On the page, distractors (like errors) are easier to spot. Anyone who has read a transcript of testimony or a meeting can pick up mistakes that seem absurd, given the intelligence of the speaker or speakers. But listening to the same testimony, one could miss the errors. There’s so much else to pay attention to when a witness testifies. I would surmise that what is true for errors is true for lies. We’re so busy looking at whether the person makes eye contact, seems calm, and speaks at the right pace that we miss the fact that his story makes no sense and must therefore be false.
Liars can distract with more than their truthful-witness-like behavior. They can also tell the jury an interesting and suspenseful story, and they can thereby or otherwise make the jury like them. I remember being on a grand jury years ago where the defendant testified (a rare event), and his story was ridiculous. Looking at it on a bare piece of paper, no one would have believed it. Yet he was attractive and charming, and all of the jurors (including me, I am embarrassed to admit) voted not to indict, the only such outcome in thirty days of grand jury service in which we reviewed about five cases a day. A witness can seduce his jury. If the jurors like looking at him and listening as he tells his story, however implausible it may be, they will want to accept what they hear. Perhaps they will truly believe it. And perhaps they will simply stop caring about the truth, because they want to be allied with that witness, whatever it takes.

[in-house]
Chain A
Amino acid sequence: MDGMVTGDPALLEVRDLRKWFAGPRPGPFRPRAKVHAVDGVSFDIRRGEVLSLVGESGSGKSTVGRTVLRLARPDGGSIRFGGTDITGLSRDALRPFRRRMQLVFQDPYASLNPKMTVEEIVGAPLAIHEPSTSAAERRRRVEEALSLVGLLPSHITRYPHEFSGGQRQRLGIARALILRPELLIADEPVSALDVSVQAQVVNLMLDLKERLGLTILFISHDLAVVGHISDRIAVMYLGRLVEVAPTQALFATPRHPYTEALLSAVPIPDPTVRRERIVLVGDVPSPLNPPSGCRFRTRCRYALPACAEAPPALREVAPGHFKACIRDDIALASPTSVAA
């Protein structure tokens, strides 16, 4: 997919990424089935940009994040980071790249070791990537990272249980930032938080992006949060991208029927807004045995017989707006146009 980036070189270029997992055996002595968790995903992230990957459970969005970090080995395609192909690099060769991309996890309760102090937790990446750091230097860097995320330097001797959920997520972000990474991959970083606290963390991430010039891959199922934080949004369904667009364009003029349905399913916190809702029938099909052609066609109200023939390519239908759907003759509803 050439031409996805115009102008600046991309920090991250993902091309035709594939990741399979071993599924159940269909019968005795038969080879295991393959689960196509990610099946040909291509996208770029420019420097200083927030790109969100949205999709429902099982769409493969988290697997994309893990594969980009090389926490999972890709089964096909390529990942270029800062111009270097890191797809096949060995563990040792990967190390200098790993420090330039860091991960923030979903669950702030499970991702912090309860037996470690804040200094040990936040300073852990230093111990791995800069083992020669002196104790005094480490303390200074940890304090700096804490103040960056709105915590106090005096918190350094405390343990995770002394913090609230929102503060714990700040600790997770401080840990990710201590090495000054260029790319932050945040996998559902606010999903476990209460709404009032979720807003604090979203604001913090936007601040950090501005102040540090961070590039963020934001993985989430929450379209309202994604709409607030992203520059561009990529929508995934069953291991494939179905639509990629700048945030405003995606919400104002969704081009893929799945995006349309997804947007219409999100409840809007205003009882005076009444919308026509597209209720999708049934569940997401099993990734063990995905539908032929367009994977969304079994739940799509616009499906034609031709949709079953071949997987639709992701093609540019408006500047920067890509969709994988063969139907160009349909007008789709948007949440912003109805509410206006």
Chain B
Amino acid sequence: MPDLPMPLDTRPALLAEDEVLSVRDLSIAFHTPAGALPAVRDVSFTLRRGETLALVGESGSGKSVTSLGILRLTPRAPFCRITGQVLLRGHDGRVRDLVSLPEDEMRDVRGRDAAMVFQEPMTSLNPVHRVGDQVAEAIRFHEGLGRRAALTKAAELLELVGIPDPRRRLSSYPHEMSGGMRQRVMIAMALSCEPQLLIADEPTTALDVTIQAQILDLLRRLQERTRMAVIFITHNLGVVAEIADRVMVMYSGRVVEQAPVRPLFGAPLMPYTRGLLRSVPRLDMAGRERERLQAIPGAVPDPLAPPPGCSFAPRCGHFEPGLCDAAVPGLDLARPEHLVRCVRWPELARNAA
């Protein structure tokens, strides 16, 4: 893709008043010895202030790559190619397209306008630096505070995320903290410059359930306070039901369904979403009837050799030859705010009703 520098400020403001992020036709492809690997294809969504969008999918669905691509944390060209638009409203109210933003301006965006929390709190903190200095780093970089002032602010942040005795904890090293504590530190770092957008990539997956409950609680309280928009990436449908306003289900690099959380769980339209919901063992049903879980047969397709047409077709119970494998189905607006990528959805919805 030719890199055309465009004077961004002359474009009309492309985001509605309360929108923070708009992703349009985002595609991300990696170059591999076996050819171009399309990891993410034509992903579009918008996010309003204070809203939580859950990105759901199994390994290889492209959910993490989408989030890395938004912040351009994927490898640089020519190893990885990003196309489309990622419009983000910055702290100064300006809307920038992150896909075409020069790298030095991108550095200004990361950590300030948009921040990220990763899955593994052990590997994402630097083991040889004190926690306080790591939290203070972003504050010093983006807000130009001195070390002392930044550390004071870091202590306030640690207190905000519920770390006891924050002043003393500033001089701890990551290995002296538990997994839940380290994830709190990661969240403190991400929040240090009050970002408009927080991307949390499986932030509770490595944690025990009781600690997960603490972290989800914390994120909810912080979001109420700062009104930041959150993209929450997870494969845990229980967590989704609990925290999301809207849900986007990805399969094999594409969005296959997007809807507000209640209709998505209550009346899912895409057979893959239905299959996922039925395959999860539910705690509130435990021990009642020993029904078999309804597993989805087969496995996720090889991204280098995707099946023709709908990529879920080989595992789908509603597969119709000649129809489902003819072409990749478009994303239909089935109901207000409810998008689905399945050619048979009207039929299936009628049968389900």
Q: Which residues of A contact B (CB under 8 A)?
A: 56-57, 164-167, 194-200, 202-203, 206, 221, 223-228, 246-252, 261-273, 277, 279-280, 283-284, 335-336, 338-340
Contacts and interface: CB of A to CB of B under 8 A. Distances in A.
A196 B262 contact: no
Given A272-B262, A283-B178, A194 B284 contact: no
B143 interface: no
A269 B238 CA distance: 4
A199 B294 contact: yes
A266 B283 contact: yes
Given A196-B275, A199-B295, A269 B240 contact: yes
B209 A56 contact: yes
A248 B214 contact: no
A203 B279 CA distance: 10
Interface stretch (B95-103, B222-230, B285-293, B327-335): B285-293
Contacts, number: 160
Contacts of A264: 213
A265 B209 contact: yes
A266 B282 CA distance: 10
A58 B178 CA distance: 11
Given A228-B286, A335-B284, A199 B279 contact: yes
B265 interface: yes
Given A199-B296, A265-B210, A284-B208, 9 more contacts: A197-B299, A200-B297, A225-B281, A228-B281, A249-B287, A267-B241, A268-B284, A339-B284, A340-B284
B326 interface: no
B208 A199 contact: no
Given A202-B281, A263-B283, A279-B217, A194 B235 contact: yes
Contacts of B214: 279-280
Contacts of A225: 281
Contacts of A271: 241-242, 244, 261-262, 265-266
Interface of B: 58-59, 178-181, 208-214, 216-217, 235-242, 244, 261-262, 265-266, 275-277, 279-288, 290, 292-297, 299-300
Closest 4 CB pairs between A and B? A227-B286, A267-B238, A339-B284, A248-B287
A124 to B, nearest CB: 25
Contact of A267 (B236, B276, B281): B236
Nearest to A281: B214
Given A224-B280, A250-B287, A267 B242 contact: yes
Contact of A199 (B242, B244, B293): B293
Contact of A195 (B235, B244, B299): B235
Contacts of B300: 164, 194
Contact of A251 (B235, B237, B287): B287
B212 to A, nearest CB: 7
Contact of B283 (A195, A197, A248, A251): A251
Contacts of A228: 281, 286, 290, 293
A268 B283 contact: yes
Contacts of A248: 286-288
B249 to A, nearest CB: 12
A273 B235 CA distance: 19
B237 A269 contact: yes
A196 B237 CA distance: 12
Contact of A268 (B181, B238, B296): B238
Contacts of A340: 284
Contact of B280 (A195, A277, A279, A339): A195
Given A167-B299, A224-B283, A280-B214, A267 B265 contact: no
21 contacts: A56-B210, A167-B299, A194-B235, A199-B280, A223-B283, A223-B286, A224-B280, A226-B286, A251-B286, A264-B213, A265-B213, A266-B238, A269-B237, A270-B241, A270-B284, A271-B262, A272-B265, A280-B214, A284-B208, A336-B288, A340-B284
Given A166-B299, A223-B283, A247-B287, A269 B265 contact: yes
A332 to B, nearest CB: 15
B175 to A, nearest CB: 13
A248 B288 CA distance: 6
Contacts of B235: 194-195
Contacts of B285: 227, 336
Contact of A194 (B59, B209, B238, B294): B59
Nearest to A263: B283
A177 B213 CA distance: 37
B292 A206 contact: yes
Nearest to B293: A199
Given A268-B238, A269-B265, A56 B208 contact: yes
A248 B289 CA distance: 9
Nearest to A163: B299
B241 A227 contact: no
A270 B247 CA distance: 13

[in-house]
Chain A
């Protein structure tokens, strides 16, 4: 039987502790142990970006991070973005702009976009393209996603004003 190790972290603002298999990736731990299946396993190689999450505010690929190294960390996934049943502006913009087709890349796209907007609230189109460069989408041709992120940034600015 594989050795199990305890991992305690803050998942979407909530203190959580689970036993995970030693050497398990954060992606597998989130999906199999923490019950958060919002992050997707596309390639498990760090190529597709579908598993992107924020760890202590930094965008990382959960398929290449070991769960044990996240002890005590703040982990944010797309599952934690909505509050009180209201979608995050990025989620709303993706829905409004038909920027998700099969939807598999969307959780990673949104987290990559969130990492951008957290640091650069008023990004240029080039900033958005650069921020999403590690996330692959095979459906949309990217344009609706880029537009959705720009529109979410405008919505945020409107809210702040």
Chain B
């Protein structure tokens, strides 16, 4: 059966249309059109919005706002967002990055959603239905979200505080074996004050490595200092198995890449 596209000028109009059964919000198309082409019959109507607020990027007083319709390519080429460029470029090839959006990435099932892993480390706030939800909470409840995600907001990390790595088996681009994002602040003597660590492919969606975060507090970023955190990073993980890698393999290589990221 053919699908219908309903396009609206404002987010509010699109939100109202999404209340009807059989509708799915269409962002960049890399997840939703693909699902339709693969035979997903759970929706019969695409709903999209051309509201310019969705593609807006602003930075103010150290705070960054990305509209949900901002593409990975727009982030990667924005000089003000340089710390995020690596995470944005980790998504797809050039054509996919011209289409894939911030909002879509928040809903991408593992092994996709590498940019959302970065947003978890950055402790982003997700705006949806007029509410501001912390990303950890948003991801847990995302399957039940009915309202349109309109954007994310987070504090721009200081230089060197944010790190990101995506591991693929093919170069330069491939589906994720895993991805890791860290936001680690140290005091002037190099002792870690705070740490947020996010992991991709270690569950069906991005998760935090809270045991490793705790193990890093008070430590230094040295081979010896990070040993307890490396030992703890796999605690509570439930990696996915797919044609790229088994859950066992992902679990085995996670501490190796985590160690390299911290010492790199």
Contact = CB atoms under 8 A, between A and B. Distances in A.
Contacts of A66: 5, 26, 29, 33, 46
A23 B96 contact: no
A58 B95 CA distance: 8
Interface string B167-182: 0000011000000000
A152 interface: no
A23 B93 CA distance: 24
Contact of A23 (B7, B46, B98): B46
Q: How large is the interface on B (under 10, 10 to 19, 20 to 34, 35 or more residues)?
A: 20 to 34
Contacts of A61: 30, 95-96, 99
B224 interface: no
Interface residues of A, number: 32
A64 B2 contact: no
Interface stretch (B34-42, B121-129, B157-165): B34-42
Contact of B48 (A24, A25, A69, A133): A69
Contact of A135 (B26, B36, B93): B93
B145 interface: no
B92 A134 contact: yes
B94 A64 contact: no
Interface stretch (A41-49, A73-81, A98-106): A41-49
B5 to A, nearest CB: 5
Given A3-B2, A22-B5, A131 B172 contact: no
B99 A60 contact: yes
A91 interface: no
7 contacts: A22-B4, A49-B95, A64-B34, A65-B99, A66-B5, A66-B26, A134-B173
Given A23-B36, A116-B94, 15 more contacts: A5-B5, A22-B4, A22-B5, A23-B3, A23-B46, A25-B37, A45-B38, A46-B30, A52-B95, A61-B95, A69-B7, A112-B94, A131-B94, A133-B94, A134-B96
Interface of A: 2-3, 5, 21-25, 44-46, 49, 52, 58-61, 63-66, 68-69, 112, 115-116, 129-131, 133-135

Federal Rule of Evidence 403 permits the exclusion of evidence whose probative value is substantially outweighed by the risk of unfair prejudice and other harm. We ought perhaps to think of the face, the voice, and the gestures of witnesses as falling into this category of excludable material. If the research truly is out there, then we might reach better, more accurate results if testimony took place outside the presence of the jury and if jurors read a transcript of the trial. Less dramatic, to be sure, but perhaps more accurate in the end.